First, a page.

Fisheries society demands Chinese ships leave Vietnamese waters pronto

By Viet Tuan   July 30, 2019 | 07:55 pm GMT+7
Fisheries society demands Chinese ships leave Vietnamese waters pronto
Vietnamese fishing boats lie berthed in a port in the central city of Da Nang. Photo by AFP/Hoang Dinh Nam.

The Vietnam Fisheries Society has demanded that a Chinese oil survey vessel and its escorts, now operating in the East Sea, leave immediately.

In a statement issued on Monday, it strongly criticized China for sending oil survey vessel Haiyang Dizhi 8 and escorts that infringed on Vietnam’s exclusive economic zone (EEZ) and continental shelf near the Vanguard Bank on the East Sea, known internationally as the South China Sea.

"We vehemently condemn and protest China’s actions in seriously violating Vietnam’s sovereignty over its islands and waters... Such actions impede fishing activities of fishermen in [Vietnam’s] southeastern and south central regions," read the document sent by the society to the Government Office, the Central Party Commission for External Relations, the Ministry of Agriculture and Rural Development, the Ministry of Foreign Affairs and the Ministry of National Defense.

The society said that Vietnamese authorities should intensify their opposition against China’s actions and demand that China withdraw the oil survey vessel and escorts from Vietnamese waters immediately.

Vietnamese law enforcement forces should also step up sea patrols to protect fishermen’s lives and properties, it added.

The Chinese survey ship and its escorts had conducted activities in the southern area of the East Sea since earlier this month, Vietnam's Foreign Ministry said.

For the second time in a week, the ministry's spokeswoman Le Thi Thu Hang said last Thursday that the act violated Vietnam’s EEZ and continental shelf as established in the provisions of the 1982 United Nations Convention on Law of the Sea (UNCLOS).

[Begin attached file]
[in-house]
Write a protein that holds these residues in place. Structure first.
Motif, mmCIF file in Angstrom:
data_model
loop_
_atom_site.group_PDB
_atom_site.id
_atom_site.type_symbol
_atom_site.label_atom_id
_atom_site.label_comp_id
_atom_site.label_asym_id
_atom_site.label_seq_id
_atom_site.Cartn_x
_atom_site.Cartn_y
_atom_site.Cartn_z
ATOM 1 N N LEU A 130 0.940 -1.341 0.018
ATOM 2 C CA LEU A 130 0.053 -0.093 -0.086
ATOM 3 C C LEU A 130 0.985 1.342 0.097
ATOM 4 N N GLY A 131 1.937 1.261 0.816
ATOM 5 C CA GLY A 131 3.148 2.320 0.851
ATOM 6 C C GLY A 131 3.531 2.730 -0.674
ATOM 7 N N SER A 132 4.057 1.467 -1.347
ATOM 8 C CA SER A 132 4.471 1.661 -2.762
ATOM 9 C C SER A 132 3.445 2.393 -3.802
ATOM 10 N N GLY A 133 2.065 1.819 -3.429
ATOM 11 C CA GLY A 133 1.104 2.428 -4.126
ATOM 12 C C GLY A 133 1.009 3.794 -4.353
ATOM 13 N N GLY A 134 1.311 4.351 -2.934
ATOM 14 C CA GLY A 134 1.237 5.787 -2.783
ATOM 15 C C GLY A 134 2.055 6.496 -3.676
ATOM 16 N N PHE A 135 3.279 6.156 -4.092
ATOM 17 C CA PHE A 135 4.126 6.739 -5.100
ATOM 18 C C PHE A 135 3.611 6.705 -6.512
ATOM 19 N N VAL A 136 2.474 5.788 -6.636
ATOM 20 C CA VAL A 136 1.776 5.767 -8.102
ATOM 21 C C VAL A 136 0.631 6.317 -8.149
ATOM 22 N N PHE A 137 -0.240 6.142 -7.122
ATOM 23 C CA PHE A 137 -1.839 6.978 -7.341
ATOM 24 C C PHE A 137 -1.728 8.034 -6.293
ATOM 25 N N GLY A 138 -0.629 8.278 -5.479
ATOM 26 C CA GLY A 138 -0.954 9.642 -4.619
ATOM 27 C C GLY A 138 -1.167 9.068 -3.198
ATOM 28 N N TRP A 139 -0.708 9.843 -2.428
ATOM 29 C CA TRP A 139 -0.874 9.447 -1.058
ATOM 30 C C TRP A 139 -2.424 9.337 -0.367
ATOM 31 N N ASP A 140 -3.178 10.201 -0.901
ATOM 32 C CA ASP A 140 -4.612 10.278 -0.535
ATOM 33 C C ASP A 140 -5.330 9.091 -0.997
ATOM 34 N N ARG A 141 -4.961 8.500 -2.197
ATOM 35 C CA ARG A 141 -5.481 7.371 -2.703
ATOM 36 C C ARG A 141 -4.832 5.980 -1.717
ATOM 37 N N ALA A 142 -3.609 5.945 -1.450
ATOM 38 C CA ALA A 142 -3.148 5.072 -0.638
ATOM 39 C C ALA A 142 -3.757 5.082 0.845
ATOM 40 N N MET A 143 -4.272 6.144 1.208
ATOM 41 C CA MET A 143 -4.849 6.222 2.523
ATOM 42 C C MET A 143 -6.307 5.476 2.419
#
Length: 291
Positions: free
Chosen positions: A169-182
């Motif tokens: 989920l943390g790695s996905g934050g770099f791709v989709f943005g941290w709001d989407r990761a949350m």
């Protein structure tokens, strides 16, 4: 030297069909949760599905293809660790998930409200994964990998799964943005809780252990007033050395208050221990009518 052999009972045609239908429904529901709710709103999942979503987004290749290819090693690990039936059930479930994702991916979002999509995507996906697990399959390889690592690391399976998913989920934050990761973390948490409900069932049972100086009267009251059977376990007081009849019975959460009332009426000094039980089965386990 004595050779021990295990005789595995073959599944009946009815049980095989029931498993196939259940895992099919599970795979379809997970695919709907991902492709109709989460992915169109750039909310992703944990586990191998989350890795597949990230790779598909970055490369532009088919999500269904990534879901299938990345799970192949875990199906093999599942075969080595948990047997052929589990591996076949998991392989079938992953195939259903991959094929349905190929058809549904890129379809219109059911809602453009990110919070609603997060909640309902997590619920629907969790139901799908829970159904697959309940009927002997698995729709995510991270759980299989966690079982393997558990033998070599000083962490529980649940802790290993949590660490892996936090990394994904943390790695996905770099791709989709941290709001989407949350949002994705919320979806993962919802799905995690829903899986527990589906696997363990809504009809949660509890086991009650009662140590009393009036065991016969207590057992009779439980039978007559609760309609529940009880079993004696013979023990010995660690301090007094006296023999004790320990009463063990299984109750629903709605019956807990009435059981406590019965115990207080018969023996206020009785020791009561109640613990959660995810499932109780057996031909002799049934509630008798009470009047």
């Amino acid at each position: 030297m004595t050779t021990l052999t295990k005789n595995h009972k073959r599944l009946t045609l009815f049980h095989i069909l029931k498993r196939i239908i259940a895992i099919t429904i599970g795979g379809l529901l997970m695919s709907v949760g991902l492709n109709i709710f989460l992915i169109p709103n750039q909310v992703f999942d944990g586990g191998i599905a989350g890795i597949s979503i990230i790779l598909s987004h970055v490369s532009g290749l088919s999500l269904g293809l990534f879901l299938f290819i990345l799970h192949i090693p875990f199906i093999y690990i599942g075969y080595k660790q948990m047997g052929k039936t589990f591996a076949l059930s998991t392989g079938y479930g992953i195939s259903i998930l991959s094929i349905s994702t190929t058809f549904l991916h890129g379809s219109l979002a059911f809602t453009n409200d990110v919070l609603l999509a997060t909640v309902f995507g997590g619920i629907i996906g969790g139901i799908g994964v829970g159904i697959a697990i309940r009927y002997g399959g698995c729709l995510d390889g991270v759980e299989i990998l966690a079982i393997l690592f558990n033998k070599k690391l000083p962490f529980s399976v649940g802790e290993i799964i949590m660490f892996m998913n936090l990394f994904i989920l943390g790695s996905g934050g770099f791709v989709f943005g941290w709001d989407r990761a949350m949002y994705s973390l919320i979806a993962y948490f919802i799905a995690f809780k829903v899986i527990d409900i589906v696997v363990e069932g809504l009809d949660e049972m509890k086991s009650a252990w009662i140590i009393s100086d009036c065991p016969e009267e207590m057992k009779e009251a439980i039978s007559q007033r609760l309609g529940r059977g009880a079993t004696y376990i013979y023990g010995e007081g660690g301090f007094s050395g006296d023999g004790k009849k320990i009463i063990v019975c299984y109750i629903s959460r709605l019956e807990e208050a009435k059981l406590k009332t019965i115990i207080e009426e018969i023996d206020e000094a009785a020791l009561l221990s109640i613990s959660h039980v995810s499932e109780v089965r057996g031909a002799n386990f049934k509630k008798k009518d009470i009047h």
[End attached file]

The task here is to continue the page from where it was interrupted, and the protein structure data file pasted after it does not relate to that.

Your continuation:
She said Vietnam has contacted China on multiple occasions via different channels, delivered diplomatic notes to oppose China's violations and demanded that China stop all unlawful activities, withdraw its ships from Vietnamese waters and respect Vietnam's sovereign rights and jurisdiction over its waters.

The case has garnered international attention.

The U.S. Department of State said on July 20 that it was concerned by reports of China’s interference with Vietnam and other countries' oil and gas activities.

It called Chinese acts "bullying," saying that China’s reclamation and militarization of disputed outposts in the waterway, including the use of maritime militia to intimidate, coerce, and threaten other nations, undermined peace and security in the region.

Experts said China is trying to turn Vietnamese territory into a disputed area to advance its superpower plans, but the actions could erode bilateral and regional trust and affect domestic opinion.

China claims almost the entire South China Sea, including waters close to Taiwan and Southeast Asian countries Brunei, Indonesia, Malaysia, the Philippines and Vietnam.

 
 
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